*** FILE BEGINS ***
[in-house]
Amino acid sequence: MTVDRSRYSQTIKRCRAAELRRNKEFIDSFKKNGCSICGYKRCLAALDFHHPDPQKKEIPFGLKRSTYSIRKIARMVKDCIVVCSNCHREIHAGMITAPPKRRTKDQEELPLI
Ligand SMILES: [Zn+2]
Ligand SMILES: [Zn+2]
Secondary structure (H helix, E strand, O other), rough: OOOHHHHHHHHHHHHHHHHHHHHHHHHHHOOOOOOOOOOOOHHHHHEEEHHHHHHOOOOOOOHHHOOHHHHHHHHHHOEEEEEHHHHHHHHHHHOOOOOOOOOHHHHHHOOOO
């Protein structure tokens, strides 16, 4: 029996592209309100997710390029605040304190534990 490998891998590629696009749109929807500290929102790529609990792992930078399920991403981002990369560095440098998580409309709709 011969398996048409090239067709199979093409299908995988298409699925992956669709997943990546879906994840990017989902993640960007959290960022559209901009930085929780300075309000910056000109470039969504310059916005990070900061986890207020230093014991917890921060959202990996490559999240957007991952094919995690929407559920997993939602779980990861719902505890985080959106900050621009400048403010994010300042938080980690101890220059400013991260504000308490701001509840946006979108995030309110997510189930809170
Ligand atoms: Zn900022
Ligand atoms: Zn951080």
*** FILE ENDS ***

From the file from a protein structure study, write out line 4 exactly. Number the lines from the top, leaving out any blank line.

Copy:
Ligand SMILES: [Zn+2]